March 22, 2021
The brief gives an update on the VAT treatment of supplies of digital newspapers and other digital publications before 1 May 2020. This follows the Court of Appeal decision in Revenue and Customs v News Corp UK & Ireland Ltd ((2021) EWCA Civ 91). It has no impact on the Government’s introduction of a new zero rate for supplies of certain e-publications (including e-newspapers), which came into effect from 1 May 2020. The brief also explains how organisations can submit claims for overpaid VAT based on the Upper Tribunal decision (UT/2018/0046) and protect their position until the litigation in this case has concluded, if they want to.
Before the introduction of a new zero rate for supplies of certain e-publications on 1 May 2020, HMRC’s policy, based on UK legislation, was that the zero rate only applied to the sale of printed matter (that is, supplies of goods). Therefore, before 1 May 2020, the sale of digital newspapers (which are services) has always been standard rated.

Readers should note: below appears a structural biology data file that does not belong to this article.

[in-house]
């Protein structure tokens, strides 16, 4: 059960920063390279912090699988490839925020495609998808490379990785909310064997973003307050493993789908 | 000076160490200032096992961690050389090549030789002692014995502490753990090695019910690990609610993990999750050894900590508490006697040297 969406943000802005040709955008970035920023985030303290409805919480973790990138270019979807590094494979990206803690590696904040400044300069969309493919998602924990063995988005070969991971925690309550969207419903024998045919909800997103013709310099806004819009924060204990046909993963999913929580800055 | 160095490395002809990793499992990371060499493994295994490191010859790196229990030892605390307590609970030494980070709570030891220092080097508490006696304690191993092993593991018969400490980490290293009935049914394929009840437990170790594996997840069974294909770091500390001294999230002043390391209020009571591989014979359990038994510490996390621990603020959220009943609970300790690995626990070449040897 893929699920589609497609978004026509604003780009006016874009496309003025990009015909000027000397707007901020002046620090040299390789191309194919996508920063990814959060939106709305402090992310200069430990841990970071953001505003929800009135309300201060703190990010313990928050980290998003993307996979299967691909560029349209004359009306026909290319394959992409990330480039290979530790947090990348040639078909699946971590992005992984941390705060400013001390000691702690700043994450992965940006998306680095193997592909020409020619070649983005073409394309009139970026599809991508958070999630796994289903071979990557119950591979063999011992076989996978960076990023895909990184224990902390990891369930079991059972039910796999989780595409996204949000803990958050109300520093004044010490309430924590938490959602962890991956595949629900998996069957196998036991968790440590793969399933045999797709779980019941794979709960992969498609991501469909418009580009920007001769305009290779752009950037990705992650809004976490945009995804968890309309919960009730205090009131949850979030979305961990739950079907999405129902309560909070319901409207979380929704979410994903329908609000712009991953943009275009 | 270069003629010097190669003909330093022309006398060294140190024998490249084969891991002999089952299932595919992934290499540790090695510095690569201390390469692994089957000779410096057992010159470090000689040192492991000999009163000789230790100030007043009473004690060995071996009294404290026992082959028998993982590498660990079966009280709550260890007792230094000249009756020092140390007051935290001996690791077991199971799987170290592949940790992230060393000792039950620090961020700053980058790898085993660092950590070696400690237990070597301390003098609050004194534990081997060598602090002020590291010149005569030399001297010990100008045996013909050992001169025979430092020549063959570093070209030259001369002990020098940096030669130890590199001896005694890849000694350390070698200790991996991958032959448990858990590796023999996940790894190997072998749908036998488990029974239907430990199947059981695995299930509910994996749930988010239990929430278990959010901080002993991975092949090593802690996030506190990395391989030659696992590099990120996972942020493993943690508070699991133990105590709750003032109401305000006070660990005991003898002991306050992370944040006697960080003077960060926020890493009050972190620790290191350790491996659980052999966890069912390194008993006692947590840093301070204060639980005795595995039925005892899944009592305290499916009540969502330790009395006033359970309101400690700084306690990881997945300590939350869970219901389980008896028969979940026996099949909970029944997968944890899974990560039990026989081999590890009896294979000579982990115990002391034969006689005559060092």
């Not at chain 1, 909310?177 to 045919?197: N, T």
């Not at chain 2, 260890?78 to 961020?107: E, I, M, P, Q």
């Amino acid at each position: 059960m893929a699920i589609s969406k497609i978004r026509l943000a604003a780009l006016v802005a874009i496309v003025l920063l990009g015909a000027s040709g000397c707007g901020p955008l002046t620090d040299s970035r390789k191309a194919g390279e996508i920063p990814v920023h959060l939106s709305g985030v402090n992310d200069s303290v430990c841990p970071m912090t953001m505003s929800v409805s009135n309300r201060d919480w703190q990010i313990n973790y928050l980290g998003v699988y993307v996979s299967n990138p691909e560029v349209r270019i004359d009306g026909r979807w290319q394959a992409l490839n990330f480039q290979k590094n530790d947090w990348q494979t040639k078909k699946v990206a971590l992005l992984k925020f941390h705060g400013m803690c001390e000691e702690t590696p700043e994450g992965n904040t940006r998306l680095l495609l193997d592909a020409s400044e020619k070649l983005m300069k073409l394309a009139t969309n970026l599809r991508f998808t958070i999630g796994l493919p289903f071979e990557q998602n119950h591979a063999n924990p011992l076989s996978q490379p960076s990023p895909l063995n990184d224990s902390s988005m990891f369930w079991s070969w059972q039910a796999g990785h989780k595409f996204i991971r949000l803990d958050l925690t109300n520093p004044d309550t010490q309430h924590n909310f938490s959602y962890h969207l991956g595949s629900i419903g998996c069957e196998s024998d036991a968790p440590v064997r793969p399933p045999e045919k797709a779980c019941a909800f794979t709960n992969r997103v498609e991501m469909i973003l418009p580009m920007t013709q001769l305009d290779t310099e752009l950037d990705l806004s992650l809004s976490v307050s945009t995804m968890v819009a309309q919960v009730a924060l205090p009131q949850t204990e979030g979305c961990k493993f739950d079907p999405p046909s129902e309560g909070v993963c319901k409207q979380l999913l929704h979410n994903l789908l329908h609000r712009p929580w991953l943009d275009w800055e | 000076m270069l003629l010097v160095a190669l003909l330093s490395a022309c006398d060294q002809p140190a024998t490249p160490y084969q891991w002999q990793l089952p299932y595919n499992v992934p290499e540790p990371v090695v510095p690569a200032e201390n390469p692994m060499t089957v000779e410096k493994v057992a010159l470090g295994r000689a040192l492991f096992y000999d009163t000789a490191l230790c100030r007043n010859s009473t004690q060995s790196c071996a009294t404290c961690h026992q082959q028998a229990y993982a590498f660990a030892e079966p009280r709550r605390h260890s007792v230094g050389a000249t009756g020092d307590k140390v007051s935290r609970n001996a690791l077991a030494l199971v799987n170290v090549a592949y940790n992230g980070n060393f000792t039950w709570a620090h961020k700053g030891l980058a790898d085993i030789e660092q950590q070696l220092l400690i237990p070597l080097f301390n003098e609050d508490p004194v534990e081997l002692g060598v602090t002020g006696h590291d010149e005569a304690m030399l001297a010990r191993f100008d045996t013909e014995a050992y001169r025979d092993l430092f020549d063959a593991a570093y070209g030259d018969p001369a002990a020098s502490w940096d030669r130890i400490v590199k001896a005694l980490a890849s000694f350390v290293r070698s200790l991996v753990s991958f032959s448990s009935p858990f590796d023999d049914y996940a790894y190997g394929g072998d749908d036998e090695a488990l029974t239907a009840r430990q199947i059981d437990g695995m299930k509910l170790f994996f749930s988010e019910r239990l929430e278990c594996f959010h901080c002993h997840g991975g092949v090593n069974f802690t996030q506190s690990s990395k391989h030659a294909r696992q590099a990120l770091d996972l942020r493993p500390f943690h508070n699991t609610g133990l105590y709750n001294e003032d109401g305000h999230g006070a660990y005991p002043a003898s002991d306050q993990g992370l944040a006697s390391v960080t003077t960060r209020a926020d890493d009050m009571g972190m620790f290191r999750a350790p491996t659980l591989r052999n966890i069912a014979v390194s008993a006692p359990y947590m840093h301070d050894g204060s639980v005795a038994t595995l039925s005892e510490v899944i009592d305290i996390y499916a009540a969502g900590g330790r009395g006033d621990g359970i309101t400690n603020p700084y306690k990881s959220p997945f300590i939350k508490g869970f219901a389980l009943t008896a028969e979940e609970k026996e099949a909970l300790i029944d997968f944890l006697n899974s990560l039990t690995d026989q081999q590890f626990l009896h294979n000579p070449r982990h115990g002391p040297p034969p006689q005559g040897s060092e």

News Corp challenged HMRC’s policy and submitted claims for VAT, which it claimed had been overpaid on income it received for granting access to digital versions of several of its publications. HMRC rejected these claims on the basis that the VAT had been correctly accounted for at the standard rate. Following a recent decision at the Court of Appeal (overturning the Upper Tribunal’s decision), HMRCs position that the VAT had been correctly accounted for at the standard rate, has been upheld.
News Corp has sought permission to appeal the decision to the Supreme Court. Therefore, the brief states, organisations may want to protect their position by making claims for overpaid VAT based on the Upper Tribunal decision until such time as the litigation has concluded.
There have been no changes in HMRC’s policy which, in line with the Court of Appeal judgment, continues to be that supplies of digital publications before 1 May 2020 are standard rated. Accordingly, the brief states, any claims made in reliance of the Upper Tribunal’s decision in News Corp will be rejected. To read the brief in full, click here.